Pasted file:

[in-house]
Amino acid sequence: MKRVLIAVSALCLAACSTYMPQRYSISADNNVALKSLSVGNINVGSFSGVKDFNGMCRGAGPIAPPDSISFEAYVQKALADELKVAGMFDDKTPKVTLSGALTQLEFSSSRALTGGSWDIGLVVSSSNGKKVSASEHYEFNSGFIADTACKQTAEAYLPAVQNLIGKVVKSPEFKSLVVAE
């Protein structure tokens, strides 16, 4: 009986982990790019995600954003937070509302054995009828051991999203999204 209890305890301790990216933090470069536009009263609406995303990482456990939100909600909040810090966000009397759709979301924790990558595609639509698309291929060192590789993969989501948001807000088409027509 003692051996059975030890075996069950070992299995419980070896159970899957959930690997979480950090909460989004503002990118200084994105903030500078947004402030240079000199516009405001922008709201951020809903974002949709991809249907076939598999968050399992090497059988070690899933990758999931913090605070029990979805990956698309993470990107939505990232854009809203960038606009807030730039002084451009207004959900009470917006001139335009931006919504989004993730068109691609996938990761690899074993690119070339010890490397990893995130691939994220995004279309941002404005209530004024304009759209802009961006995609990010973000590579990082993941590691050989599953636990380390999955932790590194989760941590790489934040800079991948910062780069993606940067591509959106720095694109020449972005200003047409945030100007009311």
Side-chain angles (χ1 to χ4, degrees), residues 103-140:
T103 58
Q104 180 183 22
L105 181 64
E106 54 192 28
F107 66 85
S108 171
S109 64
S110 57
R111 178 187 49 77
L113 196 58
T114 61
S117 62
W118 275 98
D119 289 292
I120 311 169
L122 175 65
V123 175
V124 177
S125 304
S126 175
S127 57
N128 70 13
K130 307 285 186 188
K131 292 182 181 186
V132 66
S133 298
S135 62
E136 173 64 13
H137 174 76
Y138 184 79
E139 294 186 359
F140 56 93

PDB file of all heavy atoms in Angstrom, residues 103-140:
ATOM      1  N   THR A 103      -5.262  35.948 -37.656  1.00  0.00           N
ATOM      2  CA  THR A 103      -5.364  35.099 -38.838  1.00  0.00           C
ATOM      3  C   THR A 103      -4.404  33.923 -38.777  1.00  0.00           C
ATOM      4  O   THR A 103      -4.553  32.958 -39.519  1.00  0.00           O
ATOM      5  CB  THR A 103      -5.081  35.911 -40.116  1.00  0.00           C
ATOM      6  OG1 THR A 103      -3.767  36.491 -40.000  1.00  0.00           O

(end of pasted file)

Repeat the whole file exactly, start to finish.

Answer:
[in-house]
Amino acid sequence: MKRVLIAVSALCLAACSTYMPQRYSISADNNVALKSLSVGNINVGSFSGVKDFNGMCRGAGPIAPPDSISFEAYVQKALADELKVAGMFDDKTPKVTLSGALTQLEFSSSRALTGGSWDIGLVVSSSNGKKVSASEHYEFNSGFIADTACKQTAEAYLPAVQNLIGKVVKSPEFKSLVVAE
């Protein structure tokens, strides 16, 4: 009986982990790019995600954003937070509302054995009828051991999203999204 209890305890301790990216933090470069536009009263609406995303990482456990939100909600909040810090966000009397759709979301924790990558595609639509698309291929060192590789993969989501948001807000088409027509 003692051996059975030890075996069950070992299995419980070896159970899957959930690997979480950090909460989004503002990118200084994105903030500078947004402030240079000199516009405001922008709201951020809903974002949709991809249907076939598999968050399992090497059988070690899933990758999931913090605070029990979805990956698309993470990107939505990232854009809203960038606009807030730039002084451009207004959900009470917006001139335009931006919504989004993730068109691609996938990761690899074993690119070339010890490397990893995130691939994220995004279309941002404005209530004024304009759209802009961006995609990010973000590579990082993941590691050989599953636990380390999955932790590194989760941590790489934040800079991948910062780069993606940067591509959106720095694109020449972005200003047409945030100007009311």
Side-chain angles (χ1 to χ4, degrees), residues 103-140:
T103 58
Q104 180 183 22
L105 181 64
E106 54 192 28
F107 66 85
S108 171
S109 64
S110 57
R111 178 187 49 77
L113 196 58
T114 61
S117 62
W118 275 98
D119 289 292
I120 311 169
L122 175 65
V123 175
V124 177
S125 304
S126 175
S127 57
N128 70 13
K130 307 285 186 188
K131 292 182 181 186
V132 66
S133 298
S135 62
E136 173 64 13
H137 174 76
Y138 184 79
E139 294 186 359
F140 56 93

PDB file of all heavy atoms in Angstrom, residues 103-140:
ATOM      1  N   THR A 103      -5.262  35.948 -37.656  1.00  0.00           N
ATOM      2  CA  THR A 103      -5.364  35.099 -38.838  1.00  0.00           C
ATOM      3  C   THR A 103      -4.404  33.923 -38.777  1.00  0.00           C
ATOM      4  O   THR A 103      -4.553  32.958 -39.519  1.00  0.00           O
ATOM      5  CB  THR A 103      -5.081  35.911 -40.116  1.00  0.00           C
ATOM      6  OG1 THR A 103      -3.767  36.491 -40.000  1.00  0.00           O